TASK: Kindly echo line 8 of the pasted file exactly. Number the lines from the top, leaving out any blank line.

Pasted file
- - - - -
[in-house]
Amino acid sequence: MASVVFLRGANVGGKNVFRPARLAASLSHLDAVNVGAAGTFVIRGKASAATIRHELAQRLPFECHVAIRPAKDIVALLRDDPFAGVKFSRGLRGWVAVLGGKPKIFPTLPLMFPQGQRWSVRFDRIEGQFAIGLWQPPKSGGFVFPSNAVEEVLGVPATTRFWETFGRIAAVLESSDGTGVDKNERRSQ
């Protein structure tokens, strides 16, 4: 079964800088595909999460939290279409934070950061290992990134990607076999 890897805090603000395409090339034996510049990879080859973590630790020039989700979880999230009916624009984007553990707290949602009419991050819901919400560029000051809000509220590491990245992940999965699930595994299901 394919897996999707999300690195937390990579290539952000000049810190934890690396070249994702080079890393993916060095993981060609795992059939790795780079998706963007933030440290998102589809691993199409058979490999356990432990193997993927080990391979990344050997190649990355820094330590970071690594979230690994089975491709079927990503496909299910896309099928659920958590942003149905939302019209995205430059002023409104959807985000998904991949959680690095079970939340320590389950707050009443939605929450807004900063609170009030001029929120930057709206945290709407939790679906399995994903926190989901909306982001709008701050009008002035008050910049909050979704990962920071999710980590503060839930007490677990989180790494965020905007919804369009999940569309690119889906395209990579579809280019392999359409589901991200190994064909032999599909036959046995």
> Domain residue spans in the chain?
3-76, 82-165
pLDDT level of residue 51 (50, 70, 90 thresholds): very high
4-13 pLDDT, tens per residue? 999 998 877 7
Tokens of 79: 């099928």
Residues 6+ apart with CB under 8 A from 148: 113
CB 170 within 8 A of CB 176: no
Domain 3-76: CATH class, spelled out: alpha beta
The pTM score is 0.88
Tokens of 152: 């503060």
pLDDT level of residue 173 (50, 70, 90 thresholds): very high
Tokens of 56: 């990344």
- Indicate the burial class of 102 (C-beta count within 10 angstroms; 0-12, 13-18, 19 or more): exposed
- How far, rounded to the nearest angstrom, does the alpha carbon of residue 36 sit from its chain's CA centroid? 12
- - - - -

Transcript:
Tokens of 79: 């099928």